Two days after the dramatic and tragic events from Friday, Amedy Coulibaly, who in coordination with the two brothers who attacked a satirical newspaper and said they were affiliated with al-Qaeda, killed four hostages at a Paris supermarket Friday before he was slain by police appeared in a new posthumous video released on Sunday, on which he pledging allegiance to the Islamic State group and explained the planning and the reasoning behind the attacks that sowed terror across France.
According to WaPo "the video pointed to the dangers, long anticipated by law enforcement, posed by the expanding allure of the group that has conquered vast areas of Iraq and Syria over the past two years, even as al-Qaeda continues to pursue its own agenda of staging attacks against the West. The video offered no evidence, however, that Coulibaly had been in contact with the Islamic State before his assault on the supermarket, which may represent another example of the “lone wolf” attacks that the Islamic State has inspired, analysts said."
As Breaking 911 adds, "filmed over several days and edited after the attacks, the video shows Amedy Coulibaly displaying a small arsenal of weapons, doing pushups and pullups in a drab courtyard and, in broken Arabic, giving fealty to IS militants. The video appeared Sunday on militant websites, and two men who dealt drugs with Coulibaly confirmed his identify to The Associated Press."
Coulibaly cited the airstrikes carried out against the Islamic State by the U.S.-led coalition, in which France participates, as one of the motives for his assault on the supermarket, which came two days after two brothers, Said and Chérif Kouachi, stormed the offices of the French satirical newspaper Charlie Hebdo and killed 12 people.
“You attack the Islamic State. We attack you,” he said, speaking in French and occasionally lapsing into broken Arabic, in a segment of the recording that showed him wearing a leather jacket and wool cap, seated beside an AK-47 automatic rifle. “You and your coalition, so that you who are almost in the lead now, you bombard there regularly,” he said. “You kill civilians, you kill combatants, you kill.”
Other segments showed him wearing Arab and African robes and a flak vest, suggesting they were recorded at different times, though all appeared to have been filmed in the same place. The furnishings and stripped hardwood floors suggest an apartment in France.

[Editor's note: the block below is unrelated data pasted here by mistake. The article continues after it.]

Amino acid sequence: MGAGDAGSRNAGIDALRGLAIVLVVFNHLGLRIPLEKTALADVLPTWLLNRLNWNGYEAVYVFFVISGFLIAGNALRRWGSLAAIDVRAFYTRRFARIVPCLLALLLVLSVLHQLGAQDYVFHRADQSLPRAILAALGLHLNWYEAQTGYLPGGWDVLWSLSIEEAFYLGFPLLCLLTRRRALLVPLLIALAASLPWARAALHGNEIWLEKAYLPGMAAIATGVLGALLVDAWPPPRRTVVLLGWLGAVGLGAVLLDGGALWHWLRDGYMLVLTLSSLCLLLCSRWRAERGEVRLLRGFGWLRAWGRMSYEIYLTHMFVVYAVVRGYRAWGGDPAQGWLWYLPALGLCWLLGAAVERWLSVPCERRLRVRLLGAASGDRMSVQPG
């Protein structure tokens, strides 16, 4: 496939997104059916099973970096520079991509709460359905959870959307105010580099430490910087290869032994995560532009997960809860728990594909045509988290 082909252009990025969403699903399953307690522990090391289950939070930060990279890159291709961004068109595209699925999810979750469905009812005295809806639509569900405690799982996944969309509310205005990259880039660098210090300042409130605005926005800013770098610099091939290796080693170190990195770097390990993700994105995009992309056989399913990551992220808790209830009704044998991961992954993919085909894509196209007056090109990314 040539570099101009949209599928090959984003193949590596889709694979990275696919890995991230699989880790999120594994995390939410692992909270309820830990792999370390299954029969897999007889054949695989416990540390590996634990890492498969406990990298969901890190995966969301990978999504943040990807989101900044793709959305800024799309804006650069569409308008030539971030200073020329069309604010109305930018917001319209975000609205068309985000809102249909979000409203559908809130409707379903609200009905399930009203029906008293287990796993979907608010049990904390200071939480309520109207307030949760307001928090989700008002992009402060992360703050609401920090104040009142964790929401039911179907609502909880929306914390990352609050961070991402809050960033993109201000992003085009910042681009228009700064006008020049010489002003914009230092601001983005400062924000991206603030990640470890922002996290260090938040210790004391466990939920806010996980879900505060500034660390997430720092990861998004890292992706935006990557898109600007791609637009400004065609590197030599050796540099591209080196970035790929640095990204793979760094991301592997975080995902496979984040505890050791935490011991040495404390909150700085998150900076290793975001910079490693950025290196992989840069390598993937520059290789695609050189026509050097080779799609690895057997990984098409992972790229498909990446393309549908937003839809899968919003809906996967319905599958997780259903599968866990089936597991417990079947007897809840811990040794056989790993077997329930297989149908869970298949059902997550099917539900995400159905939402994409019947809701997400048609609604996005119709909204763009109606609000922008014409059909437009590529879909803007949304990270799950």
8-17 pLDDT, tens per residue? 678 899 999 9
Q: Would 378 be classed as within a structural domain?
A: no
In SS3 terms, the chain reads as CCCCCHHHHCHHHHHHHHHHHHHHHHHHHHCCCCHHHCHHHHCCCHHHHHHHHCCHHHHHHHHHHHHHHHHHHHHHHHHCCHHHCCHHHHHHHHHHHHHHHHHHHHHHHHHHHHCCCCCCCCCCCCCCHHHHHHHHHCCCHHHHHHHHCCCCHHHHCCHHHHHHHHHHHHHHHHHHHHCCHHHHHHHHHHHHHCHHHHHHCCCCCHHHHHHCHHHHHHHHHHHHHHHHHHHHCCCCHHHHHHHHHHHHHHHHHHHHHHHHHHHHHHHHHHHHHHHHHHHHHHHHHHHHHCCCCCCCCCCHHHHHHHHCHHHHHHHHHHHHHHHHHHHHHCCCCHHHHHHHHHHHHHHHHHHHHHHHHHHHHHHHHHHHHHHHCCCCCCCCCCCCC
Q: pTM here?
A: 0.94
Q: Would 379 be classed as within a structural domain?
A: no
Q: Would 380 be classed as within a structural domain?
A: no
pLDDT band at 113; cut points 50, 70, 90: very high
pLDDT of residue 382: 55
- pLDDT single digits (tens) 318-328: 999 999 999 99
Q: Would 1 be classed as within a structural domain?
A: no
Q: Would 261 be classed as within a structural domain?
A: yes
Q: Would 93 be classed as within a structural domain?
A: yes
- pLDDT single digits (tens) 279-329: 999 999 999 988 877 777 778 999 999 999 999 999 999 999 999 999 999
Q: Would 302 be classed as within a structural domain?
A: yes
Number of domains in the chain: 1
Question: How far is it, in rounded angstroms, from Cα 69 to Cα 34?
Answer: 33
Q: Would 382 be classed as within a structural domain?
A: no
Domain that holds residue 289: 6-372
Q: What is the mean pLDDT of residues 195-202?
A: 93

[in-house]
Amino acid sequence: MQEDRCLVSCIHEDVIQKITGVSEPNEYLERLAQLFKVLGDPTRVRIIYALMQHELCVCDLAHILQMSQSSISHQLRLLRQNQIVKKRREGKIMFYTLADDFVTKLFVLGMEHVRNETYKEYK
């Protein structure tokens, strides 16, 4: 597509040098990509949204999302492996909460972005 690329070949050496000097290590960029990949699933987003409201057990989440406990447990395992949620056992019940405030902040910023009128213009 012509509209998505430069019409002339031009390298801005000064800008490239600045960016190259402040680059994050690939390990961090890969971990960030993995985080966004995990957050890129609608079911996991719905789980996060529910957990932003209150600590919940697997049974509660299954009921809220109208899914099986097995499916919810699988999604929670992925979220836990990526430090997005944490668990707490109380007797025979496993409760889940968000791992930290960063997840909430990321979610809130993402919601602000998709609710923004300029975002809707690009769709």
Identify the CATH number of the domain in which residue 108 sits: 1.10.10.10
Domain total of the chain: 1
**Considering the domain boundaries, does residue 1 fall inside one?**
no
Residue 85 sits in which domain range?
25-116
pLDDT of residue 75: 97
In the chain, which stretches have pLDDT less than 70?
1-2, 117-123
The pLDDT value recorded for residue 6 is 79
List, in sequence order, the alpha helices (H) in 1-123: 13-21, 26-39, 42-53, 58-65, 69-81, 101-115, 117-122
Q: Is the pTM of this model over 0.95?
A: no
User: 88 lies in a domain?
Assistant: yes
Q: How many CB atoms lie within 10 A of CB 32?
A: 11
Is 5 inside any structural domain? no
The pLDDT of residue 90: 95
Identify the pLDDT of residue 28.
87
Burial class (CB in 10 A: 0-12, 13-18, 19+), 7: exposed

At least one segment, which refers to the Charlie Hebdo attack, was likely recorded in the two days that elapsed between the attacks, and the video begins and ends with footage of police bursting into the supermarket and shooting Coulibaly.
The video lacked the sophisticated editing techniques typically associated with Islamic State videos, and French authorities have not indicated that Coulibaly was among the more than 700 French citizens who are thought to have traveled to Syria to fight.
The video was first posted by an obscure jihadist account on Twitter, rather than the Islamic State’s official forums, according to Aaron Zelin, an expert in jihadist movements at the Washington Institute for Near East Policy. That gives no reason to believe Coulibaly had been directed to act by the Islamic State, only that he was connected to a wider network of jihadists who sympathize, support and perhaps dispatch volunteers to fight for the organization, he said.
The video is below:
Curious, Coulibaly’s wife, Hayat Boumeddiene, who is wanted by the French authorities, was reported by French and Turkish officials to have traveled to Turkey and then across the border into Syria in the days immediately preceding the attacks. She had participated in more than 500 telephone calls with the wife of Chérif Kouachi, one of the Charlie Hebdo attackers, suggesting the attackers all knew one another.
What is odd is that according to the latest news, despite reports that she participated in the deli store shootout, she was not in France when the attack took place: The French female terror suspect on the run is no longer in France and appears to have left before this week's terror attacks struck that nation. A Turkish intelligence official told the Associated Press on Saturday that a woman with the same name and resembling a widely distributed photo of Hayat Boumeddiene, 26, flew to Istanbul on Jan. 2. Authorities believe she traveled to Sanliurfa near the Syrian border on Jan. 4, then disappeared. The official spoke on condition of anonymity to the AP because he wasn't authorized to speak on the record.
Which means that whoever got away from the French police, if preliminary accounts of two attackers are correct, is not only not identified but still on the loose.